The Academy drastically reduces the unlimited number of screenings a film would have had. In recent years, Oscar campaigns have relied on stars and A-list filmmakers to stage screenings. They are now limited to a maximum of four in the run-up to Oscar nominations. There will be no “host” screening after nominations are announced.

On the other hand, Q&As and panels that offer supposedly useful information are fair game, and campaigners can set up as many as they want before and after the nominations. (In the season after the nominations, the number of Q&As was reduced to four.)

Academy President Janet Yang at the 2022 Science and Technology Awards at the Academy of Motion Pictures on Friday, February 24, 2023.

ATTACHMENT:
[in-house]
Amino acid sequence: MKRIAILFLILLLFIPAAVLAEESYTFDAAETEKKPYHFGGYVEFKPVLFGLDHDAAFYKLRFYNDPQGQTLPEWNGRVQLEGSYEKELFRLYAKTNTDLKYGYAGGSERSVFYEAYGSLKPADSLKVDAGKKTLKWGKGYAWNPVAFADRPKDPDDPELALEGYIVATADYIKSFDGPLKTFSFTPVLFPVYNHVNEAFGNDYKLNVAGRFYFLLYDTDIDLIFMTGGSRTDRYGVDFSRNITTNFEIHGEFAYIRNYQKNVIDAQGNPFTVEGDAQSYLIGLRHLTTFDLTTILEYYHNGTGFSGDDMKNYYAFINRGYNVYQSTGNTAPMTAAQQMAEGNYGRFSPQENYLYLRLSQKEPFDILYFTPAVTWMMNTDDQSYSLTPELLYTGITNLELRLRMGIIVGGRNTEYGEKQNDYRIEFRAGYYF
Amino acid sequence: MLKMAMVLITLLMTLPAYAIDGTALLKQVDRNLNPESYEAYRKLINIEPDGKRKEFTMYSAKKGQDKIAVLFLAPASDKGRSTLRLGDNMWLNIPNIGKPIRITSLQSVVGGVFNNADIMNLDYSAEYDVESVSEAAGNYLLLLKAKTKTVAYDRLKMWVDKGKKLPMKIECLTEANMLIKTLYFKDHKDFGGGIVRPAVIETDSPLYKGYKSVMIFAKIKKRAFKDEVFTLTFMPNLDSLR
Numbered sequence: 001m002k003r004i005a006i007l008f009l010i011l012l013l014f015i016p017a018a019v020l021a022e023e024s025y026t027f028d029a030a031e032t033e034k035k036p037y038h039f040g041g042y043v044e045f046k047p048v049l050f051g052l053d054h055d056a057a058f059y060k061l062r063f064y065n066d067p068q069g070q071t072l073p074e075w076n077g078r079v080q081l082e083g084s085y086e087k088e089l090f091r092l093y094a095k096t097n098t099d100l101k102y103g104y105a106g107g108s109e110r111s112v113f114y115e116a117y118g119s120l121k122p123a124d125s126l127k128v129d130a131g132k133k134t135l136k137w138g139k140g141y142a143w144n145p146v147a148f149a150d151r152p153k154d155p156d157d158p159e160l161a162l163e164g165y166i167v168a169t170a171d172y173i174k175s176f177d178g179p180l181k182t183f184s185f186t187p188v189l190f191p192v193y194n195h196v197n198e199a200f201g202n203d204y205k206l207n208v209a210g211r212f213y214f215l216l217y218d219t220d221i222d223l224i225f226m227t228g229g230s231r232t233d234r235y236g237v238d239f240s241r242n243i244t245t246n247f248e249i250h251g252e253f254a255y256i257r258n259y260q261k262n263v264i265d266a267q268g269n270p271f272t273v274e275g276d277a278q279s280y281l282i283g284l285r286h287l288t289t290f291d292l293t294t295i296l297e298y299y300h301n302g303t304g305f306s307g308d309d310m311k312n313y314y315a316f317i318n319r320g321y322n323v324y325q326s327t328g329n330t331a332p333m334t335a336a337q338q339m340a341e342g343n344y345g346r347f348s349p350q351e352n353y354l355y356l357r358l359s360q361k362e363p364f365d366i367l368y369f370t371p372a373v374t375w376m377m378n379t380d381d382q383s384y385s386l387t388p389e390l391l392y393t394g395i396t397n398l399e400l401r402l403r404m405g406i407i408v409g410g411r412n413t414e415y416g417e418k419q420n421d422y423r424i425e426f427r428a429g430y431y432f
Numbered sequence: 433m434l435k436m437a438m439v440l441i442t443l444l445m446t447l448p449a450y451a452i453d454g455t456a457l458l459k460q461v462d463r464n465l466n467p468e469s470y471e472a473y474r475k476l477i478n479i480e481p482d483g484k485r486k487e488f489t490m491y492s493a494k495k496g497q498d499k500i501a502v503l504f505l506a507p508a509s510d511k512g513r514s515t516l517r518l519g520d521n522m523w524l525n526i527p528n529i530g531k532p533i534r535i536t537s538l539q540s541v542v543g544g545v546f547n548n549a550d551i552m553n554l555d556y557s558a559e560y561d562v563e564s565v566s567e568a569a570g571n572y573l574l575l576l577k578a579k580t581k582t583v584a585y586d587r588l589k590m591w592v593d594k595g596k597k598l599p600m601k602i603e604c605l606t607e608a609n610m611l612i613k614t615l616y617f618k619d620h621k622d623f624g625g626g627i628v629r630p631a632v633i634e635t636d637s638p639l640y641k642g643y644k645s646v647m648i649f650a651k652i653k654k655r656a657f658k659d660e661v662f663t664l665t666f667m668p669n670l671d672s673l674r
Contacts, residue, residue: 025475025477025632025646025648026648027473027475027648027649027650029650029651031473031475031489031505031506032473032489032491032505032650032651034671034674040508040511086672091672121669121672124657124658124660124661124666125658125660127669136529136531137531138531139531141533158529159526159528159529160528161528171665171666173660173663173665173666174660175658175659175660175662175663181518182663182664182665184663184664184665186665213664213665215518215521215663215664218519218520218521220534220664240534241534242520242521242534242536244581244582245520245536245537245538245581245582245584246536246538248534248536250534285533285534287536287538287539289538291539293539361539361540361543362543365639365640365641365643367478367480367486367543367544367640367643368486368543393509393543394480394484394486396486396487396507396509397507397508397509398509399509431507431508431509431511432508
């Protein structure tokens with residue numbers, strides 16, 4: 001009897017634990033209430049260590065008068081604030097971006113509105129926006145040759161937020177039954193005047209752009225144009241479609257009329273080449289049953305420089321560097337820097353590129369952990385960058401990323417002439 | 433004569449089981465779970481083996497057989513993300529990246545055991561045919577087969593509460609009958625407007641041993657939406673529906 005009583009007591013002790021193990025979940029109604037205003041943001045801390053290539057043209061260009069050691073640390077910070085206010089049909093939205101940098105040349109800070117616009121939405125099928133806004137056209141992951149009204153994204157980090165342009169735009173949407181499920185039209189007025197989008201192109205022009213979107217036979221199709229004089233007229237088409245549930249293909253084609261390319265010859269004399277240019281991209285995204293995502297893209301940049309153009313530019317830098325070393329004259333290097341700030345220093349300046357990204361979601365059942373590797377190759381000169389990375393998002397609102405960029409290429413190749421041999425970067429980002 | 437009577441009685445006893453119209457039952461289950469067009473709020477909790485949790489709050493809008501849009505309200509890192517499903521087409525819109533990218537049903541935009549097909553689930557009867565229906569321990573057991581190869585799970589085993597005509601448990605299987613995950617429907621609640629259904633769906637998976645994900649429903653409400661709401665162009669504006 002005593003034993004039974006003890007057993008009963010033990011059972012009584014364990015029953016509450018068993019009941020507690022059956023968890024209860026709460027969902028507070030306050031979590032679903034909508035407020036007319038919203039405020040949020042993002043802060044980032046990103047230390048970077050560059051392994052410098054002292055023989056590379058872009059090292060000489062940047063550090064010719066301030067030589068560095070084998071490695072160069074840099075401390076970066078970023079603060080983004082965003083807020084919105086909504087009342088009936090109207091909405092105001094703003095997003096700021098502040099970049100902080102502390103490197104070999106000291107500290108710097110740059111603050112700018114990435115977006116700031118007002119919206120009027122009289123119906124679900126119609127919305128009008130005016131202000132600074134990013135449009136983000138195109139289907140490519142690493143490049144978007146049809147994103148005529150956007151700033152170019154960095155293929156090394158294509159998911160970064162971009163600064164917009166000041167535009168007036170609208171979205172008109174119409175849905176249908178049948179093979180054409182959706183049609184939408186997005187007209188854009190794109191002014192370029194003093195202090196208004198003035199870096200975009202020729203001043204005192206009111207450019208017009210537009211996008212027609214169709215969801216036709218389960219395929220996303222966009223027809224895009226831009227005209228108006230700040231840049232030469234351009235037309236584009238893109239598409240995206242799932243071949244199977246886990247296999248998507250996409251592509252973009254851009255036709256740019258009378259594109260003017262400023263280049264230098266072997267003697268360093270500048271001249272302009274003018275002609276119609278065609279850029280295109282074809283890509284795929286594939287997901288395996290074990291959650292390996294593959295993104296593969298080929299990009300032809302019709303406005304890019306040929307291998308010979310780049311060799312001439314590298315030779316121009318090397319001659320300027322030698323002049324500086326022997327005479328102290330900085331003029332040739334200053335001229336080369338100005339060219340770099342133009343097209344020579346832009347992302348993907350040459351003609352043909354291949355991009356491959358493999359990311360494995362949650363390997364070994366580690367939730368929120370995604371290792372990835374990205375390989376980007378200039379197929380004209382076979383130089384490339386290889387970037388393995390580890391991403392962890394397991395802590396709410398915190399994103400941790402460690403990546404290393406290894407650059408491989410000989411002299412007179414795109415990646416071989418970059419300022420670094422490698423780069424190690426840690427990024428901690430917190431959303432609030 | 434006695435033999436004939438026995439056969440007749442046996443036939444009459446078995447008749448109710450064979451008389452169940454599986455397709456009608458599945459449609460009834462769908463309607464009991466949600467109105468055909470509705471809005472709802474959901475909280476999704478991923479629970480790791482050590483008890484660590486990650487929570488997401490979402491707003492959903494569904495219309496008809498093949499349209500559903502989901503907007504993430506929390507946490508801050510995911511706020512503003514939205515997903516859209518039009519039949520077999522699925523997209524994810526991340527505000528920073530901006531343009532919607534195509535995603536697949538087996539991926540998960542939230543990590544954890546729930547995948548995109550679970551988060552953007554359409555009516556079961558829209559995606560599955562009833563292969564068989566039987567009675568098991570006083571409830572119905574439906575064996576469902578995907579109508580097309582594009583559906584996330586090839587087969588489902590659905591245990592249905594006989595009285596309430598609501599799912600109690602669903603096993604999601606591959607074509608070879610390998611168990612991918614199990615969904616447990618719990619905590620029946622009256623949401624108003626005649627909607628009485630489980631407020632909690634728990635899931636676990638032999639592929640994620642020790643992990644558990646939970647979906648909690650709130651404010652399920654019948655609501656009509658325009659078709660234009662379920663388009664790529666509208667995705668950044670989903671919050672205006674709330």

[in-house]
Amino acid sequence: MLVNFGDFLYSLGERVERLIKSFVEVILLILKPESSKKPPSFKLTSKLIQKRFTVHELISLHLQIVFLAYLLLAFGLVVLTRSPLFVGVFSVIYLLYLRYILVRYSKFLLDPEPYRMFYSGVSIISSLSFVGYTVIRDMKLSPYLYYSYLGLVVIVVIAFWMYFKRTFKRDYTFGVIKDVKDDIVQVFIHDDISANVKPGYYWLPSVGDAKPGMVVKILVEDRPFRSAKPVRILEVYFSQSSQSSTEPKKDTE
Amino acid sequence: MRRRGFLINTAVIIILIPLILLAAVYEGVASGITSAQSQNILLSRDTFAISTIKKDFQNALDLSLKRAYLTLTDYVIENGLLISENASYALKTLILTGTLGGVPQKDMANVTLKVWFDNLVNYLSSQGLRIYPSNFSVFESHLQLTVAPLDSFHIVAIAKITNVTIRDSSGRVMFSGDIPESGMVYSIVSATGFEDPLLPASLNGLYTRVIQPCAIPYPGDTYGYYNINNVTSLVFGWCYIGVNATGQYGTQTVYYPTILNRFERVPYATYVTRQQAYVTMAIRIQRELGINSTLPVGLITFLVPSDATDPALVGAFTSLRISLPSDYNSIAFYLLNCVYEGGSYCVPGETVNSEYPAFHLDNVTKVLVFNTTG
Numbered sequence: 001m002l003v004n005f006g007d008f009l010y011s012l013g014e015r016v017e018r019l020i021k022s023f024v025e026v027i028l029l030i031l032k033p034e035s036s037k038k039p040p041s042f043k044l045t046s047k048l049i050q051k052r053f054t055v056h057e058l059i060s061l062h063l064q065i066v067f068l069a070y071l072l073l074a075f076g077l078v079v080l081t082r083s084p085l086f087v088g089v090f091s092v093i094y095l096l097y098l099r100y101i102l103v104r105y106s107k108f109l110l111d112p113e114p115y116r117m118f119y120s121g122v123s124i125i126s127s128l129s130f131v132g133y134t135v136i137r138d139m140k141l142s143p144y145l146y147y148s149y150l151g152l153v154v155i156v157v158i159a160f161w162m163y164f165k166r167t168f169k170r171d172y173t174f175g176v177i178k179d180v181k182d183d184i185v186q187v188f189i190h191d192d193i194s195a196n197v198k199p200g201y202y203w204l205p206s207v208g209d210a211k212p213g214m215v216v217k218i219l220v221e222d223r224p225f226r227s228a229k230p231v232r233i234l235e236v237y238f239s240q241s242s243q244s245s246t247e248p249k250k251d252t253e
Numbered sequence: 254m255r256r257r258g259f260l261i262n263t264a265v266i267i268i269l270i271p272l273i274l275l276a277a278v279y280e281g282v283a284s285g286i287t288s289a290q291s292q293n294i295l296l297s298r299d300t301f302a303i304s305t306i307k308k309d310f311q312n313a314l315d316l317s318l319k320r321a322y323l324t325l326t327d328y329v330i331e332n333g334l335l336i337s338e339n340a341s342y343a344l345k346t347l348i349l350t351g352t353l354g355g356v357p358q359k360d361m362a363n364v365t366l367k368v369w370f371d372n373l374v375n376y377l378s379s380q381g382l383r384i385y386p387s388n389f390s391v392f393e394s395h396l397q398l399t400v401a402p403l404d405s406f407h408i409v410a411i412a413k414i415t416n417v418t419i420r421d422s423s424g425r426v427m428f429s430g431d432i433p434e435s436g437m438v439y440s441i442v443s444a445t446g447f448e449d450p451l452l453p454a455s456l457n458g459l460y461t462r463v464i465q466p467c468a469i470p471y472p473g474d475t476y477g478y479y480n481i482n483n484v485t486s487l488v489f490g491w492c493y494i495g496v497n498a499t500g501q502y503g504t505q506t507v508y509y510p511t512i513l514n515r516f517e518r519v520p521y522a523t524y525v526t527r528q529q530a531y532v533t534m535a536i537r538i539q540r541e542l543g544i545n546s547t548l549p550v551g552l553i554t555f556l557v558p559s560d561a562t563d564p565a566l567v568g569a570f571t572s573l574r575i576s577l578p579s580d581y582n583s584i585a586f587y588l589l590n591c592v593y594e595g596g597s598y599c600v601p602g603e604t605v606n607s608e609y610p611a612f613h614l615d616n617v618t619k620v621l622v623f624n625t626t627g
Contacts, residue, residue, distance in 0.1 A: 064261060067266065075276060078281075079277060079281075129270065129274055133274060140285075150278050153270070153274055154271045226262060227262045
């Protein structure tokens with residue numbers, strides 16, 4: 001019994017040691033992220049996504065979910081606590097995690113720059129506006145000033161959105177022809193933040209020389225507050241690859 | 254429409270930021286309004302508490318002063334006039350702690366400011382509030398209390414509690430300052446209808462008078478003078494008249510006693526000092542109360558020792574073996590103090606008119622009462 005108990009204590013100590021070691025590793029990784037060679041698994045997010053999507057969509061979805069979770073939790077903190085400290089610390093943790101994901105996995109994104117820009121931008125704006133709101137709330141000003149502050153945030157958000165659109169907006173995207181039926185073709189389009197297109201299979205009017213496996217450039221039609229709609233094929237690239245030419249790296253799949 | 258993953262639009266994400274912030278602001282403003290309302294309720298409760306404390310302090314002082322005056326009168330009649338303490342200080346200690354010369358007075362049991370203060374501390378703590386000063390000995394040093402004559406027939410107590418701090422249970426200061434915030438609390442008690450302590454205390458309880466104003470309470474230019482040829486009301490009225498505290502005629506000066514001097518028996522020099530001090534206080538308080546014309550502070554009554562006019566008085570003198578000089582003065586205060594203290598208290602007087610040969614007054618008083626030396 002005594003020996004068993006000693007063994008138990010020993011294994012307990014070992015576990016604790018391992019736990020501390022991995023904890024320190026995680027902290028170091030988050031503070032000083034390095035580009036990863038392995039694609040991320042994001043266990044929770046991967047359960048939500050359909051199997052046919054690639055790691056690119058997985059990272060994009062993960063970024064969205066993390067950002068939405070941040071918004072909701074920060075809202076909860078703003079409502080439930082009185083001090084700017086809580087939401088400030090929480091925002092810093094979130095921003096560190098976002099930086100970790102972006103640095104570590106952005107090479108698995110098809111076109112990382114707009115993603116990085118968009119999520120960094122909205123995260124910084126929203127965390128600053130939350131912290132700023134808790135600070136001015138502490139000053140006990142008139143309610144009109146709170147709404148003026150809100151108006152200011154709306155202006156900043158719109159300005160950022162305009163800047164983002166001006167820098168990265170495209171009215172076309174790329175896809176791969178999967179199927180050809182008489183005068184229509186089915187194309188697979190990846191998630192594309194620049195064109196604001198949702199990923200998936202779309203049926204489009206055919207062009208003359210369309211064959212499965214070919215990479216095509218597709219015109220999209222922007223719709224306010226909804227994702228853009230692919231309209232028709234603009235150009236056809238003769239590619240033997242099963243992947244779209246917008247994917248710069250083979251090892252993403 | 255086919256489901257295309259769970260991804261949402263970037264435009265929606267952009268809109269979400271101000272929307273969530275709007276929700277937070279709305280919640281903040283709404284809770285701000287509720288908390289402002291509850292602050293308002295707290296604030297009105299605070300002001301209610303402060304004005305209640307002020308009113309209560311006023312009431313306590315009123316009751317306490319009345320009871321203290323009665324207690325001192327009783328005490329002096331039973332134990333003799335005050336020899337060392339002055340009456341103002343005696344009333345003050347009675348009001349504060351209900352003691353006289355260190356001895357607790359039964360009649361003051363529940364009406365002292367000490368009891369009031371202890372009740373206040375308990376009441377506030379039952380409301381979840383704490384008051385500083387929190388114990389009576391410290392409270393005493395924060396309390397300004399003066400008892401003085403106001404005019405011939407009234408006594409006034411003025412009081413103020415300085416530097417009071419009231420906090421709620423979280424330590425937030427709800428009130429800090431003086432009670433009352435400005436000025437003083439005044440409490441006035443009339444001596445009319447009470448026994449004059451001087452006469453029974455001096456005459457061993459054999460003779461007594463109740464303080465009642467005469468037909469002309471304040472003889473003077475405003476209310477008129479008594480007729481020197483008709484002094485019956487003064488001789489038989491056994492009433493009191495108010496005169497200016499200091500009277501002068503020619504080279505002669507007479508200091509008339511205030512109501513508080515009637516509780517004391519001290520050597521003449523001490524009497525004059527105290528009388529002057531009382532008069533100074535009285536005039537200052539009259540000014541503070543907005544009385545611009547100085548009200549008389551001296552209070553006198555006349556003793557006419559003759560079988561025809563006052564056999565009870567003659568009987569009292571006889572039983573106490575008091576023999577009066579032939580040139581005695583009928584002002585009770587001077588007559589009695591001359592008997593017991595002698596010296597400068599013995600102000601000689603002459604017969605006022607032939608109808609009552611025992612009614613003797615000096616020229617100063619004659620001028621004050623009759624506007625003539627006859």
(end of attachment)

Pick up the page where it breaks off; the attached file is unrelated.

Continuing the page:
Academy President Janet Yang at the 2022 Science and Technology Awards at the Academy of Motion Pictures Museum

Al Seib / ©AMPAS

The Academy’s governors have also made it clear that they themselves cannot participate in any Oscar campaign by hosting screenings, Q&As, or hosting panels, unless they happen to be directly related to a particular film or are invited to participate in the Academy’s official at the event. .

When Academy President Janet Yang was criticized for posting her support for Oscar nominee Michelle Yeoh during Oscar season, she deleted her tweets. The Academy makes it clear that such public promotions are not permitted from the time the shortlists are published until the end of the final vote. The Academy is also relaxing the rules regarding the use of “shortlisting” in FYC correspondence. It is now enabled.

As with animated films, in the live-action short film category, the Academy allows all members of the Academy who apply to participate in the voting.